R/C Tank Combat

Tank #T001

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The upper hull remains completly unchanged during the retrofit process. The sealed rotate arm allows the turret to be easily removed and allows the turret to rotate fully without worrying about the wires that go right through the center of rotation. The round wear pattern is from the bearings on the bottom of the turret that ride on the deck.

The drive axles are supported by two interior bulkheads bolted to the hull that hold the axle bearings. The exterior bearings are mounted inside a solid disk attached to the outside of the hull with smaller bolts. The M01 scooter motors make for a very compact arrangement, with only short #40 chain loops driving the axles. I rotated the faceplate of one of the motors to get a symmetric mounting position. The motors are mounted to 1/2" thick pieces of HDPE, which are then bolted to the hull.
 

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The back of the lower hull serves as the tensioning system for the rear axle and holds the main battery and electronics battery switches. The raised metal strip keeps the top hull in place, while allowing it to pivot when the front is raised. Simple but effective.

The inside of the back section shows the steel brackets for reinforcement and the simple tensioning blocks. The 5/8" rear axle slides nicely through the 3/4" square steel tubing, which is drawn backwards by turning the 3/8" bolts from the outside of the hull. This allows the tracks tension to be quickly adjusted in the field as needed.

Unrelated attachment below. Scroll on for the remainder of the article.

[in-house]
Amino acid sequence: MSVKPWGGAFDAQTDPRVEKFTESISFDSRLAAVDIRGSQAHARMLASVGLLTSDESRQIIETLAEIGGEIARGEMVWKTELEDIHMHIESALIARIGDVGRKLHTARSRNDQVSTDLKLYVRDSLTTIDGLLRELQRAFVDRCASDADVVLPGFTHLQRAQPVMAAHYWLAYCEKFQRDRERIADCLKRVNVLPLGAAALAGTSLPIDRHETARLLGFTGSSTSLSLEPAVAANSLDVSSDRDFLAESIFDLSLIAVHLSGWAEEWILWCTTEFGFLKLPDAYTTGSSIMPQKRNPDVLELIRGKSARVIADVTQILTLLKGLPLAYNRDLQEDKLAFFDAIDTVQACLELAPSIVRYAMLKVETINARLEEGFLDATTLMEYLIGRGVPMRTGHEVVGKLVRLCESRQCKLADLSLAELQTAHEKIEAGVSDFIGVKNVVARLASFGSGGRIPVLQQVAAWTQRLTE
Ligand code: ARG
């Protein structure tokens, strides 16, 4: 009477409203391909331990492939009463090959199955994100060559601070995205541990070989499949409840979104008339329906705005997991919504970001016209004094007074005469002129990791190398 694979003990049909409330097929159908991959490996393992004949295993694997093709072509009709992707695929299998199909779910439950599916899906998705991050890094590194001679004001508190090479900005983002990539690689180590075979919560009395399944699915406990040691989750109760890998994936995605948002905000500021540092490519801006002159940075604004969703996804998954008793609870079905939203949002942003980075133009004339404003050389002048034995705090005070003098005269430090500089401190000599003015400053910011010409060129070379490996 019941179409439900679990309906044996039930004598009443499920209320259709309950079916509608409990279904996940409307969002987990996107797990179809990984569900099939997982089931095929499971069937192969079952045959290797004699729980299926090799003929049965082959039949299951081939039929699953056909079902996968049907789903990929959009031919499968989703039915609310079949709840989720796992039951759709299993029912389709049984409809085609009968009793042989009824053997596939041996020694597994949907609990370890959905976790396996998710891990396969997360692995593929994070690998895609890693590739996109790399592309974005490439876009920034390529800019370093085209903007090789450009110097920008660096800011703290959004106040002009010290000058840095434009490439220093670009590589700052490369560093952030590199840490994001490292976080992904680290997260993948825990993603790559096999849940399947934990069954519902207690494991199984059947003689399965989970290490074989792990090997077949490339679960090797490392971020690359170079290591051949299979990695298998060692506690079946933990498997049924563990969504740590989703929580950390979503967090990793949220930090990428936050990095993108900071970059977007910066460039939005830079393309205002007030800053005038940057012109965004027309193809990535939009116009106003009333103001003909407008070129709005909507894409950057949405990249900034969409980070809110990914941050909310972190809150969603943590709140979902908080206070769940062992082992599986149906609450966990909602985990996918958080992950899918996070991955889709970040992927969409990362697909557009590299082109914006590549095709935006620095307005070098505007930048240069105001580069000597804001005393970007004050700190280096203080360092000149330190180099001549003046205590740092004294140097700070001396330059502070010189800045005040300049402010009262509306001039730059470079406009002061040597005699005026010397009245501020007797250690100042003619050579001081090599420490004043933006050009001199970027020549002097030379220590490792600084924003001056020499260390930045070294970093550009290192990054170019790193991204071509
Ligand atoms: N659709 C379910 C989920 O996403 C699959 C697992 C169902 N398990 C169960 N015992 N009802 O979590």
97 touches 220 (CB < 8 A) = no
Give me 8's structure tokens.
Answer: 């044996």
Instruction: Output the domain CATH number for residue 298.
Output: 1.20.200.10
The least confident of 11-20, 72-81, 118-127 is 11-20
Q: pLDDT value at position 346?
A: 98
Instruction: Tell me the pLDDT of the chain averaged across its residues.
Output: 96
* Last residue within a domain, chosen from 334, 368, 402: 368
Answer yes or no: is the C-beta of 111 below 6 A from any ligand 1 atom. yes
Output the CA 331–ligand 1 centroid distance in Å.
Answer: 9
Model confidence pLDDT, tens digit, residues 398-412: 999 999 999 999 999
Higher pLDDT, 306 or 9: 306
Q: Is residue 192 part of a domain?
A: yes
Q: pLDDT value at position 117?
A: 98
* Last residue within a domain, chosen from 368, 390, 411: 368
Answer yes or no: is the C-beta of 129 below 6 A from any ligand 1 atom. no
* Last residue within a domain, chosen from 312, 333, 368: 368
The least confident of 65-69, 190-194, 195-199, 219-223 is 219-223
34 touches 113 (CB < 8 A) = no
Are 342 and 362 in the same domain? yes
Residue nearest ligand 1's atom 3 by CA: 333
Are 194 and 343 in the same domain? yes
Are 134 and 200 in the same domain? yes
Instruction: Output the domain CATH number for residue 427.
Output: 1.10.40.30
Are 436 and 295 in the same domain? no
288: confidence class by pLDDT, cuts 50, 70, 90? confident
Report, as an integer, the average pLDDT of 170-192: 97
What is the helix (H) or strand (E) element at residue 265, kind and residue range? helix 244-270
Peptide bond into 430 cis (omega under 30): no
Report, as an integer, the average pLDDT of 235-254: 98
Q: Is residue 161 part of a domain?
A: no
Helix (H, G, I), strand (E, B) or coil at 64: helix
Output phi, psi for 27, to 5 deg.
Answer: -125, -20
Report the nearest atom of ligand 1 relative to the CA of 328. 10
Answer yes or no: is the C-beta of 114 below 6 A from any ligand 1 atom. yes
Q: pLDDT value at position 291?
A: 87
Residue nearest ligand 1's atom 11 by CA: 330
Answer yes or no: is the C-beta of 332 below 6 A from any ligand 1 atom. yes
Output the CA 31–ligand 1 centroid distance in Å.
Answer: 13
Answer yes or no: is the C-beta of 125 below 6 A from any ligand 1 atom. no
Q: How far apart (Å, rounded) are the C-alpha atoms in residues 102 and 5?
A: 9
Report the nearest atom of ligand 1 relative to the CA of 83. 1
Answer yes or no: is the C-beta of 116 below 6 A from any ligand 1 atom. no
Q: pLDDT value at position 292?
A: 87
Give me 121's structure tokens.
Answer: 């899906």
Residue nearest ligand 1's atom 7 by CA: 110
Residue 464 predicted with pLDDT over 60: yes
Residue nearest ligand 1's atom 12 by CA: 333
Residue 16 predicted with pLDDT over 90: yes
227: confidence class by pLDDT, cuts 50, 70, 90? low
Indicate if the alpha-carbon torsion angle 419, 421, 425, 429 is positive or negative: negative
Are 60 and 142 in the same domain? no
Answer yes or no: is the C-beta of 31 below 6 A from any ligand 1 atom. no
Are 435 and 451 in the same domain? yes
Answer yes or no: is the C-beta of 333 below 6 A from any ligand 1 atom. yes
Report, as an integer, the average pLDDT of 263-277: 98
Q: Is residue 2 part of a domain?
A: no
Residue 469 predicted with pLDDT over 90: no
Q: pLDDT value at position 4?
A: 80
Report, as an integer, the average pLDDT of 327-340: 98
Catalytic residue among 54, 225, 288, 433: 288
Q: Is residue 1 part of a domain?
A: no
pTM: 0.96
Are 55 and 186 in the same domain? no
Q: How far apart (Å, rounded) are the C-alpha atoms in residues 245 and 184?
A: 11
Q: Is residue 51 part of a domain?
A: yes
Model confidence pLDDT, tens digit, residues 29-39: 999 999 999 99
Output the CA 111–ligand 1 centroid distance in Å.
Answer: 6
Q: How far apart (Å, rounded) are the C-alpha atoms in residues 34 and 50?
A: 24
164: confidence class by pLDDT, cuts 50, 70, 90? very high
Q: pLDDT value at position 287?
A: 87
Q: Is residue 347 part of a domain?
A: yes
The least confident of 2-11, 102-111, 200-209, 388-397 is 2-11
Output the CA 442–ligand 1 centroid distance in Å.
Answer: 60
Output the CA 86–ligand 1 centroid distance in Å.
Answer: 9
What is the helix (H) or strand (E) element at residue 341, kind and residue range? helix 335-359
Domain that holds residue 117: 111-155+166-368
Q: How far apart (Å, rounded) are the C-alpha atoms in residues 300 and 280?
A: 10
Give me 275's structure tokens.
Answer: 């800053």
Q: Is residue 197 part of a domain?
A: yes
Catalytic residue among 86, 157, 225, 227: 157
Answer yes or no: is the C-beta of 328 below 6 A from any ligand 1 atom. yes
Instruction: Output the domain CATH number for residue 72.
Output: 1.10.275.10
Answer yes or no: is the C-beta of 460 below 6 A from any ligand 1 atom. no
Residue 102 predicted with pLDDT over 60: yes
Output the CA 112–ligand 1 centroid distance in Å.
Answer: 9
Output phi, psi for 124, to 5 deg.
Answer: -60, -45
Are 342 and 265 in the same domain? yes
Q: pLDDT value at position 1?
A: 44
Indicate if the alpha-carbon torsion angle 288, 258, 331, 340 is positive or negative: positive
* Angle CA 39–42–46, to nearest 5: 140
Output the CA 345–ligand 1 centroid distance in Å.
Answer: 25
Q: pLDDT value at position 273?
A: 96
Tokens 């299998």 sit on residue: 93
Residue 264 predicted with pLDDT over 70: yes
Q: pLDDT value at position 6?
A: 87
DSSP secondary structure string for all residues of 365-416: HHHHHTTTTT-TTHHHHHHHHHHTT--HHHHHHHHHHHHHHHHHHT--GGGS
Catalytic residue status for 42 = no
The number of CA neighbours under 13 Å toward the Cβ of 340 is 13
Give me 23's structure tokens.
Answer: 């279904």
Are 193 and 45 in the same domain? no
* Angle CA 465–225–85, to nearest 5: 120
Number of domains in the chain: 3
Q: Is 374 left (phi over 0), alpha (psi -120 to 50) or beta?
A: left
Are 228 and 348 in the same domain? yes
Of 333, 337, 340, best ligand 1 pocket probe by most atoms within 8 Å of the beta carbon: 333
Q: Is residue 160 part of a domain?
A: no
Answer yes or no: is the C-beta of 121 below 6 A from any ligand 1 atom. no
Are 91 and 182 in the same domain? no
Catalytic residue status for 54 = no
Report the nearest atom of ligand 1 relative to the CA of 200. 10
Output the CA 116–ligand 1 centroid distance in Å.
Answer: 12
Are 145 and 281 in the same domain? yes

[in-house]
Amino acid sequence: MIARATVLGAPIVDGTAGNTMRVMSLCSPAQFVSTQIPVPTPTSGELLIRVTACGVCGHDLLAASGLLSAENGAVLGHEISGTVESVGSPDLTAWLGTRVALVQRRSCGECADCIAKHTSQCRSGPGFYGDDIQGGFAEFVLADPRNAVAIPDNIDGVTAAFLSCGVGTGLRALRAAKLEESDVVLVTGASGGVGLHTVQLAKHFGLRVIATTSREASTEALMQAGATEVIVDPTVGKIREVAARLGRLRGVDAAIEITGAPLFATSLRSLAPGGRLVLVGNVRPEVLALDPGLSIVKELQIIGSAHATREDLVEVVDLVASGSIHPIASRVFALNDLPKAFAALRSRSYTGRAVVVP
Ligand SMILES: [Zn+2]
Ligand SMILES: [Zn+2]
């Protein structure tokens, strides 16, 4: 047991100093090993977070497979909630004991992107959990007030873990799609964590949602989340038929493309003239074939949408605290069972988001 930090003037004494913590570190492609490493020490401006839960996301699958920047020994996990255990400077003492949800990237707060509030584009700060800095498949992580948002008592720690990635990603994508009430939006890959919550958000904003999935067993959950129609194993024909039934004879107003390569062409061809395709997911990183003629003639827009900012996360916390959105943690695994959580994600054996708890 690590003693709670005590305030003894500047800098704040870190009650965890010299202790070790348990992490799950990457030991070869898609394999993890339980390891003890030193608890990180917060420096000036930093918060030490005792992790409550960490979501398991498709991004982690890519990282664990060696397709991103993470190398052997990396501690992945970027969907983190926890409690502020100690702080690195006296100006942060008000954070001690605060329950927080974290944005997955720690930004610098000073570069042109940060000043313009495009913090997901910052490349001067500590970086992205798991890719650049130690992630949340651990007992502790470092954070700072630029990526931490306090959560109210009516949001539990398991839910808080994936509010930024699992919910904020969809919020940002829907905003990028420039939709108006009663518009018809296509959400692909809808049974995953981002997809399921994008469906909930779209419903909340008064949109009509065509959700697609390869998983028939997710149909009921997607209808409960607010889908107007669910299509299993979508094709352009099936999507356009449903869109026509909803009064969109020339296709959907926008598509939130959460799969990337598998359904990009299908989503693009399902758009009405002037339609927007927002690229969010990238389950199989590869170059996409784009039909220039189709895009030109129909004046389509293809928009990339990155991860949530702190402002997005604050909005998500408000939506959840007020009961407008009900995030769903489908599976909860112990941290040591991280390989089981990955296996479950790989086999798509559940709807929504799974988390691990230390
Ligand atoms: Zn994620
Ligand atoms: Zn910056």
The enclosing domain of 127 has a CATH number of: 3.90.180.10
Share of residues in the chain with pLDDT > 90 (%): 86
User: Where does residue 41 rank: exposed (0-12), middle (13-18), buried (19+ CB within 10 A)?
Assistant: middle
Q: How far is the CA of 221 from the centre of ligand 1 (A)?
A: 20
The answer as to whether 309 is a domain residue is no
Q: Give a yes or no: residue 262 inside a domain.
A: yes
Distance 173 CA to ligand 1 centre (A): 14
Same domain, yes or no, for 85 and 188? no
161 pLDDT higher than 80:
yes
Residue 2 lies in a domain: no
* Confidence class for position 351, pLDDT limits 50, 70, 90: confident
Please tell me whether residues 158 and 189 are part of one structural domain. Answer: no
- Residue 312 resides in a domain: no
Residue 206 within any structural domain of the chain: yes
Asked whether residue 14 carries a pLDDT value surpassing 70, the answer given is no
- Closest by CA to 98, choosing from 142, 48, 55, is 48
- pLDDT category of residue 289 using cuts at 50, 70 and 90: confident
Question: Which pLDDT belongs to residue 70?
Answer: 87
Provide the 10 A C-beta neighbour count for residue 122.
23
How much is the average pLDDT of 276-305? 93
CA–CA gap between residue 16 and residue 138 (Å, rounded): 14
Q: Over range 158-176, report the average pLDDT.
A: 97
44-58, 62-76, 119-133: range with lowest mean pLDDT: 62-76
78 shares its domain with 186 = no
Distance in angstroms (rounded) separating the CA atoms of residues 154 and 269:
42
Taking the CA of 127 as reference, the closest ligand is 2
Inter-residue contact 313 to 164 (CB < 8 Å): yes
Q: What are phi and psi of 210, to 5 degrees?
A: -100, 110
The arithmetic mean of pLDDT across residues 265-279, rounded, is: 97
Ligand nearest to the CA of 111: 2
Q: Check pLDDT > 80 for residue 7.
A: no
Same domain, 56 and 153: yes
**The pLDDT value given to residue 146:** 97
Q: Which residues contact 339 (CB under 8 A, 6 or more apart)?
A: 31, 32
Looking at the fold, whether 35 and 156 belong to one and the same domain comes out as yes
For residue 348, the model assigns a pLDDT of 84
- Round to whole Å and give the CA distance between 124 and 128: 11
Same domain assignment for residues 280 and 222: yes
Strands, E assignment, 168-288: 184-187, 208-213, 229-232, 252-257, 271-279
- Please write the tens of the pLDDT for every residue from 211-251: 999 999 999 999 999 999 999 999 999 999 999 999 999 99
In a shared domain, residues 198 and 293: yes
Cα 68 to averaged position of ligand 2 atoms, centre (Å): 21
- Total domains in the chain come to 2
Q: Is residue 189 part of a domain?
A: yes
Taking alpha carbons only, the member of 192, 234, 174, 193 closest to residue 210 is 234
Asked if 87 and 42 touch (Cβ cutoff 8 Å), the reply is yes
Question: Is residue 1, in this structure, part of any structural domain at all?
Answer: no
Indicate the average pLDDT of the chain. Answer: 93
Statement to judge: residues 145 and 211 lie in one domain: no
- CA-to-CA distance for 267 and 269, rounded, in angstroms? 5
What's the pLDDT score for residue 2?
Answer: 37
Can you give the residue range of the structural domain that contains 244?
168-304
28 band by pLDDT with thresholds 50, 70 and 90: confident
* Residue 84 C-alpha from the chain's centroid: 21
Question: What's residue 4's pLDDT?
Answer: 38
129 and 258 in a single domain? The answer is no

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August 2008: After the new M01 motors snapped the old 1/2" drive axle in half during the last battle, it was time to install a new set of 5/8" drive axles. A wheel hub consisting of a 2" fender washer and a 5/8" shaft collar was welded to the shaft, with three bolts to hold the drive wheel in place. The drive wheel will be sealed using epoxy and then rubber strips glued and nailed around the outside to drive the tracks. On the motor side, a 3/16" keyway was cut into the shaft to mount a 15-tooth #35 chain sprocket.

The M01 motors come with an 11-tooth #42 chain sprocket. Unfortunately, it's not easy to find #42 sprockets for the drive axle and #41 chain didn't work well on the #42 sprocket. So, with a little machining, a more standard 11-tooth #35 sprocket was mounted on the motor. The sprocket started as an unfinished 3/8" bore sprocket, was milled down to reduce it's thickness, then re-bored to 11mm and finally a 4mm keyway was cut using a keyway broach, a homemade 11mm bushing and an arbor press. Entire process takes about 15 minutes with the right tools (after spending a few weeks researching parts and processes for cutting keyways in sprockets).
 

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